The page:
As a young associate at a large New York City law firm, it was trial by fire for Jonathan Friedman. The firm was busy and partners expected the newcomer to participate in all areas of law concerning its clients, from mergers and acquisitions and corporate finance to litigation, intellectual property, and banking. The enjoyment of exposure to a multitude of legal issues and a passion for business led Friedman to pursue an in-house position. He recently sat down with Modern Counsel to discuss his first seven years with Sirona Dental Systems, a $1.2 billion medical device manufacturer operating across 100 countries.
Modern Counsel: What do you consider your most key roles in your position?
Jonathan Friedman: As a general counsel of a public company, you are tasked with three primary roles: one, ensure company growth by being a strategic partner to the business units and company executives; two, be a legal advisor to the board of directors on fiduciary and governance issues; and three, mitigate risk. As a public company operating throughout the world, there are many different avenues of risk that could affect the business. Foremost, as a US public company, a general counsel must ensure compliance with federal securities law. As a company operating throughout the world, a general counsel must affect compliance with the rules and regulations of the countries where the company engages in business. Then, there are all of the business risks—relationships with customers, suppliers, and vendors, human resource issues, intellectual property matters, and relationships with strategic partners.
MC: How do you manage all of that on a practical level?
JF: You must have a strong work ethic and uncompromising integrity. You must be a real business partner and corporate guardian who is proactive in providing solutions. Moreover, you must have an ability to lead, motivate, and forge partnerships with your executive team, board of directors, and senior management to achieve strategic business and compliance objectives.
MC: How can you be successful in this highly scrutinized environment?
JF: We have set up excellent internal processes to lend support to our business partners and address legal questions as they arise. My team and I are excellent at recognizing and spotting potential issues. When we lack expertise in a certain area, we lean on outside advisors with whom we have built good relationships over the years.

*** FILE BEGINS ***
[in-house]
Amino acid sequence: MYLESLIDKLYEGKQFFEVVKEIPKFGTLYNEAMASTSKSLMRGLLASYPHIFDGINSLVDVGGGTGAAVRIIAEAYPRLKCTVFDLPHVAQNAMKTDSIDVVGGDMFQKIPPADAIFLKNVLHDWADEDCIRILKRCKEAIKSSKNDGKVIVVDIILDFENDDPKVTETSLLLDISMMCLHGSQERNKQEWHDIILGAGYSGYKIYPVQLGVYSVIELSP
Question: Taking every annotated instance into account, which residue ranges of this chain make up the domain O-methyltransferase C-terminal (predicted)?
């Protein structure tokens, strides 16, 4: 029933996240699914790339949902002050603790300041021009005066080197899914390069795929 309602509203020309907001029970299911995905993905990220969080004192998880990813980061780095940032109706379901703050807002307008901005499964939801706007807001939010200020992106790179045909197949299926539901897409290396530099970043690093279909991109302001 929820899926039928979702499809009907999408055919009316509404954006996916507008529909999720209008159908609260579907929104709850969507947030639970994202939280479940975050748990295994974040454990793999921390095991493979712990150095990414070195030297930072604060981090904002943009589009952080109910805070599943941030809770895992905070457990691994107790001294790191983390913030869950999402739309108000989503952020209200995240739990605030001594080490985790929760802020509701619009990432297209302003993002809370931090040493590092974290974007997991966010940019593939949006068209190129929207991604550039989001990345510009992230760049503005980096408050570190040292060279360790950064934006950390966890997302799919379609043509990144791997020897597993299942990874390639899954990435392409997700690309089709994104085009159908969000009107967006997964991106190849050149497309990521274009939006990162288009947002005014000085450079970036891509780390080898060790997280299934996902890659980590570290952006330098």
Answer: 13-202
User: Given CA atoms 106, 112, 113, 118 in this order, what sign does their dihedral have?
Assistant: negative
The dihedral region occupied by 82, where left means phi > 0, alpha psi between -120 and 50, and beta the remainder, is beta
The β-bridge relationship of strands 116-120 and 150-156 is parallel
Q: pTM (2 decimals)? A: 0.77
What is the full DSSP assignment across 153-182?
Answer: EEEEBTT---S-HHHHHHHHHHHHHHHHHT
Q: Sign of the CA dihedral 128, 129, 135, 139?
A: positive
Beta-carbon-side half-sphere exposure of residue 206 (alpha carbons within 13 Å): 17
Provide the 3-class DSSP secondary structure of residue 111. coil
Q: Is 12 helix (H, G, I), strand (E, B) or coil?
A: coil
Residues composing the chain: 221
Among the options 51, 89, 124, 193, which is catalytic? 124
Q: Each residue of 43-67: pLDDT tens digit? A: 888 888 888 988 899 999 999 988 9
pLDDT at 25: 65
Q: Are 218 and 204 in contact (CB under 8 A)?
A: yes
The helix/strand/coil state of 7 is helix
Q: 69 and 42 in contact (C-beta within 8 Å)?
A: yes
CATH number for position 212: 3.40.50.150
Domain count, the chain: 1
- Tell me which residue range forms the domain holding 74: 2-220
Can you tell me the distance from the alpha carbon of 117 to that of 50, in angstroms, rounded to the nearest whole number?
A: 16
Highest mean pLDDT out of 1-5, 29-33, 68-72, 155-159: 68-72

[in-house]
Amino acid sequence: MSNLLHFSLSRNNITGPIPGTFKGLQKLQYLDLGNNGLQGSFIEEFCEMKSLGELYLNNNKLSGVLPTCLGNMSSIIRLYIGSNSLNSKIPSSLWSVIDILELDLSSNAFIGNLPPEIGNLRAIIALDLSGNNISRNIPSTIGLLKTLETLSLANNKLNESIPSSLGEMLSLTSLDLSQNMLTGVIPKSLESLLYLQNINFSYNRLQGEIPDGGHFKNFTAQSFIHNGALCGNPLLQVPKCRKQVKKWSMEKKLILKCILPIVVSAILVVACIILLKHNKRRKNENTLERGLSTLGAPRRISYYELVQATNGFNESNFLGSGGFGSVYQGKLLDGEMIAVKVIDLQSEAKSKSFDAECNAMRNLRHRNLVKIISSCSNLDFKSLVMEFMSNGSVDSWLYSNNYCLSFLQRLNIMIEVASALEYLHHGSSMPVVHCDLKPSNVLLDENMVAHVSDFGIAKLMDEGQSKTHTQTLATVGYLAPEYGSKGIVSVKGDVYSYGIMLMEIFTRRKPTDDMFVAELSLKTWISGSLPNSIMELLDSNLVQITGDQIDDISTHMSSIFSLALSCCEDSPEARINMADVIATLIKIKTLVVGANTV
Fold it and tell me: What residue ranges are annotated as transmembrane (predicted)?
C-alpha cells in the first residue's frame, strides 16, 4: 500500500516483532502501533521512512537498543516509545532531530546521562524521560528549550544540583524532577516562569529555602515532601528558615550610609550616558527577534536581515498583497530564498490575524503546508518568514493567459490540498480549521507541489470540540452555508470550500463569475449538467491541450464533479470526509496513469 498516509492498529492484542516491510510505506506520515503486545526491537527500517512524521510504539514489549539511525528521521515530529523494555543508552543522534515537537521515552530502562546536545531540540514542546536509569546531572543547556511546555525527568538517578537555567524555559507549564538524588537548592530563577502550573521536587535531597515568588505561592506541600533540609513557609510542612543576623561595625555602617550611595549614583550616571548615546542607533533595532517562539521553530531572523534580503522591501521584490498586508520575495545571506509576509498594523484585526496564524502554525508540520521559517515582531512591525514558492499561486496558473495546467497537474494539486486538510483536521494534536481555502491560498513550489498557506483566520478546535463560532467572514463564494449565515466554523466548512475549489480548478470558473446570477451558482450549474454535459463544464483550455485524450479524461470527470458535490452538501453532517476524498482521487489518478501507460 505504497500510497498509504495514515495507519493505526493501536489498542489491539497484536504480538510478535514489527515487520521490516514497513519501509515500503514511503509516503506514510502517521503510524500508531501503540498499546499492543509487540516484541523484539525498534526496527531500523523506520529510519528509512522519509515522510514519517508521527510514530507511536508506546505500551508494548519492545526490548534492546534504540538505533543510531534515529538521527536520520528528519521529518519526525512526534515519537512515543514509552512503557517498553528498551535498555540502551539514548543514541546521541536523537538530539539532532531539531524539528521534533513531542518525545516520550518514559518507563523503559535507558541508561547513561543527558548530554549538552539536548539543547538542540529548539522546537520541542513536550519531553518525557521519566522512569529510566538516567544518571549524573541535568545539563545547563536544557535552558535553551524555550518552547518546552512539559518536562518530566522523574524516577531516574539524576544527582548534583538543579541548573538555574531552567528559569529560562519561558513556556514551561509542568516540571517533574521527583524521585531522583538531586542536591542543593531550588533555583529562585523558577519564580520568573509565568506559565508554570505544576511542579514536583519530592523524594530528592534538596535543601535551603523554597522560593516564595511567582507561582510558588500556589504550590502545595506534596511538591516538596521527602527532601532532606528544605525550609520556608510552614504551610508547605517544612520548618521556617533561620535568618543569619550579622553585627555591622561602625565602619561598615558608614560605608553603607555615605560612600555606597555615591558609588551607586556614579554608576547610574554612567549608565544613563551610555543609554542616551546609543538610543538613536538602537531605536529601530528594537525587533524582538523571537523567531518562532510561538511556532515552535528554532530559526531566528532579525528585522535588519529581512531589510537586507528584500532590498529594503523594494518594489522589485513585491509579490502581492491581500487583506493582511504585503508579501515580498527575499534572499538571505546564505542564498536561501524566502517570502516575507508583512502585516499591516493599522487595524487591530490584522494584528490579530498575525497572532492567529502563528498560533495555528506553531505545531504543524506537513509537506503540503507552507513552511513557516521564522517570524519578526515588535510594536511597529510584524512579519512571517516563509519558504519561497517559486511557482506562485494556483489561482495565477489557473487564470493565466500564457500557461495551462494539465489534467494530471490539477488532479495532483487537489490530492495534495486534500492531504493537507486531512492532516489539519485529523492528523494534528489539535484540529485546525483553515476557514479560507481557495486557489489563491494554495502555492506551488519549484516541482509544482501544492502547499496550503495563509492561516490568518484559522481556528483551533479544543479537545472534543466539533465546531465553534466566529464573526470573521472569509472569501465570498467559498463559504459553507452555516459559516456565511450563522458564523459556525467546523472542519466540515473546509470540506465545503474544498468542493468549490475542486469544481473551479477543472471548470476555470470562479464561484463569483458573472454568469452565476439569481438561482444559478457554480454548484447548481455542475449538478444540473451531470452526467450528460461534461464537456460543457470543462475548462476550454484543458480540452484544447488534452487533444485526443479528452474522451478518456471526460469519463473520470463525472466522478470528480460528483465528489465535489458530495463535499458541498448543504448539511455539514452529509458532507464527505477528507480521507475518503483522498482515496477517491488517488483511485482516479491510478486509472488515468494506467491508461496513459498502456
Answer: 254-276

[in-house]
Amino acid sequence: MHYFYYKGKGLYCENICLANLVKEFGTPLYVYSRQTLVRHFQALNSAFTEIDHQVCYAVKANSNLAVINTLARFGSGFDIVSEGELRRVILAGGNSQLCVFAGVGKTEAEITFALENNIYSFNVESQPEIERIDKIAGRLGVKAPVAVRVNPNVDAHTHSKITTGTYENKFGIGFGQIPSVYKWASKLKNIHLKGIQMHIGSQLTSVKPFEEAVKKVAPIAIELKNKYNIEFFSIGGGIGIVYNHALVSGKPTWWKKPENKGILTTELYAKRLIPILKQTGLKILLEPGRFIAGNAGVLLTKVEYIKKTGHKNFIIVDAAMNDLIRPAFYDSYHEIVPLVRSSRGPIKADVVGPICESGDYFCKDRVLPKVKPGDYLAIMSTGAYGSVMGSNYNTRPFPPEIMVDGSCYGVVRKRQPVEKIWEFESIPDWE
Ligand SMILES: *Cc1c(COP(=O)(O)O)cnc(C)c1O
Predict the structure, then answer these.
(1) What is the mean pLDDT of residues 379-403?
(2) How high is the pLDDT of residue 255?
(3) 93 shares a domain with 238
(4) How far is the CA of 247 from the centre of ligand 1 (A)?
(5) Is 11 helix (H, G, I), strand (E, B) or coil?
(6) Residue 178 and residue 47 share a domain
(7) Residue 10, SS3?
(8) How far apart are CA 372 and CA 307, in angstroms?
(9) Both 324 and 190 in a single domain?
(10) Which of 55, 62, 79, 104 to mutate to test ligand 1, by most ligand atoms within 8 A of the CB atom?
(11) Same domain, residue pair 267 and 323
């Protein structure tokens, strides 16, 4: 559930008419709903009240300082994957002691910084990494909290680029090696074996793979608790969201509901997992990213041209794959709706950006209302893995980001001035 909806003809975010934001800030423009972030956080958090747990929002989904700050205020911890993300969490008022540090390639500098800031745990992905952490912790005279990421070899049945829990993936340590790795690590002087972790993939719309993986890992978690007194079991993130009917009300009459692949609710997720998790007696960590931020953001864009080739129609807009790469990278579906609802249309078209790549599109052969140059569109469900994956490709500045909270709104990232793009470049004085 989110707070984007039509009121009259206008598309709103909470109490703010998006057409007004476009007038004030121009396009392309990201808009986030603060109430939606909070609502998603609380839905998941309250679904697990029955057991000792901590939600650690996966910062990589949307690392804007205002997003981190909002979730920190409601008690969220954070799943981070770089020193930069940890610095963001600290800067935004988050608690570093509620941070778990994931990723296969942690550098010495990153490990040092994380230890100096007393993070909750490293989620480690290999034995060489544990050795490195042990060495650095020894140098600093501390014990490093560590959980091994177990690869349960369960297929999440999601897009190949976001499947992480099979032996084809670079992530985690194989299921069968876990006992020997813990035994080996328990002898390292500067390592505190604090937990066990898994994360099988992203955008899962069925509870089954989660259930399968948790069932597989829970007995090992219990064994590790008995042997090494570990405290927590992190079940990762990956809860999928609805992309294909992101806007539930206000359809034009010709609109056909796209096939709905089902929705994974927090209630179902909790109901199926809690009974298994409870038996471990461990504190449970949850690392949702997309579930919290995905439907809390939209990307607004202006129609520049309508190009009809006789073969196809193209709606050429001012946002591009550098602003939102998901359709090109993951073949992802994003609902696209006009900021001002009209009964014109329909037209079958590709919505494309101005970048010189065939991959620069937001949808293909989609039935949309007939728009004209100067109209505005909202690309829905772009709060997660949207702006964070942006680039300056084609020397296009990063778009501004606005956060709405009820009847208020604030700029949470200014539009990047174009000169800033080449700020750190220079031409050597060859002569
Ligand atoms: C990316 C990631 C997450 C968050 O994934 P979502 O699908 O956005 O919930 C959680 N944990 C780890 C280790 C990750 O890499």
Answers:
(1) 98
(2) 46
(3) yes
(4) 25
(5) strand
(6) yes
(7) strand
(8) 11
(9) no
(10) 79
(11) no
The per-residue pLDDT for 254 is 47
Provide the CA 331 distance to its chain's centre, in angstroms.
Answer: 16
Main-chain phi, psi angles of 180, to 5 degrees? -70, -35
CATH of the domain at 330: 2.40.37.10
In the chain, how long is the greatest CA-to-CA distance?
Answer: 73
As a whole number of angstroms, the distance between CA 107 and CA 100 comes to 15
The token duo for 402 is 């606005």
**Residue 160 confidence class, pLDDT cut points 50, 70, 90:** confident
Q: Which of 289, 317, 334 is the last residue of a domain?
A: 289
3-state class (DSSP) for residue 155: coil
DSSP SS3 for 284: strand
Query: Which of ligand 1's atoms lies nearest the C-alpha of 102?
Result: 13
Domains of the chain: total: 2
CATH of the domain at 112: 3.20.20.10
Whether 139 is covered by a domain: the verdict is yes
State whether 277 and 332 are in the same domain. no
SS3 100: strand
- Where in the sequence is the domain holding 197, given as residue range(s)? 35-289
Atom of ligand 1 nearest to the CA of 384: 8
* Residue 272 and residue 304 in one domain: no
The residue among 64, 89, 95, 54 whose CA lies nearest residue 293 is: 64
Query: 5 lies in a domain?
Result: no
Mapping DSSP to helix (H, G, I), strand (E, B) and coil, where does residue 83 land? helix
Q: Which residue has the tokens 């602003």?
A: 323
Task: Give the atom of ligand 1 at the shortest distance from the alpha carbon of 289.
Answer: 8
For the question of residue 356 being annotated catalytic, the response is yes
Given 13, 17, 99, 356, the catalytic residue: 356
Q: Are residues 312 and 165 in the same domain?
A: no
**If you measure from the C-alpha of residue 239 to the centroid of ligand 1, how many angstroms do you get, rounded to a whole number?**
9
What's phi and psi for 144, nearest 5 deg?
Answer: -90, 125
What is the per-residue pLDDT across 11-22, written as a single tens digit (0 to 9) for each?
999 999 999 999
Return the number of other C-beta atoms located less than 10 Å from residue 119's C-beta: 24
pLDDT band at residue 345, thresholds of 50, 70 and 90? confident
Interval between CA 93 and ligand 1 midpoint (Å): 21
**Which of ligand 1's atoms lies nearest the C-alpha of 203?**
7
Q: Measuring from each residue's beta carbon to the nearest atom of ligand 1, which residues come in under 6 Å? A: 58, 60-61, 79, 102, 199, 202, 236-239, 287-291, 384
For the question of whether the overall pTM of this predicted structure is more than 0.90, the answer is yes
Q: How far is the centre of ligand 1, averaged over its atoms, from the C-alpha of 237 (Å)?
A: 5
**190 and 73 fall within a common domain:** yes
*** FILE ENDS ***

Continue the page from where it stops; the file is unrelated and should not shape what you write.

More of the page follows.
MC: Being at a company with such a large footprint must present some unique issues. What do you find most challenging about your position?
JF: Understanding the legal environment and regulatory scheme in a given region always presents a challenge. Likewise, being proficient in how we operate our business in a specific region can also complicate things since in some jurisdictions, business models and regulatory constructs can vary. Again, it comes down to excellent process and good communication of policies and procedures to our constituents in those locales. We set a tone at the top and drive it down through targeted presentations, meetings, and communications to our teams throughout the world.
MC: A lot of people rely on you and your team. At the end of the day, who do you ultimately represent?
JF: My team’s “client” is the company. We advise the board, my senior team, and the business segments to that end. Ultimately, we must ensure that all actions taken are in the best interest of the company, its employees, and its shareholders.
MC: What do you think has prepared you most for handling a global team that keeps the business in mind?
JF: There is no law school course or law firm training program that will help you be an effective general counsel. Working hard and getting exposure to as many issues, deals, and commercial transactions as you can will be your best teacher. Additionally, use outside counsel when necessary to become a subject matter expert in an area of law that you have no prior experience in. Pretty soon, you will find yourself a very capable advisor in many different disciplines.
MC: Like most in-house counsel, you started at a law firm, and the job can be very different from life at a big law firm. Is the work you do now much different than what you expected?
JF: As a corporate associate at a law firm, you often work transactions for your clients—with your client playing a significant role with respect to the business, non-legal issues, and negotiations. However, in-house you wear both hats. One as the lawyer, and one as the business person. You are expected to know the business well enough so the buck stops with you, not only with respect to legal issues, but the business issues as well. You are presented with the business objectives … and then are given wide latitude to draft, negotiate, and execute.
MC: What do you like most about your position?
JF: You have a vested interest in every outcome. Each project you work on you witness from cradle to grave. You really feel connected to the business and a part of something.
MC: What are one or two things that could improve any in-house legal team?
JF: Learning how to say no in a tactful way, and then learning how to help your business partners achieve their objectives despite telling them they cannot accomplish what they want to do in the way they want to do it. Be collaborative in finding a different solution with the same result. Be confident in your legal advice and be correct when giving it. If you do not know the answer … it is okay to say “I will look into it and get back to you.”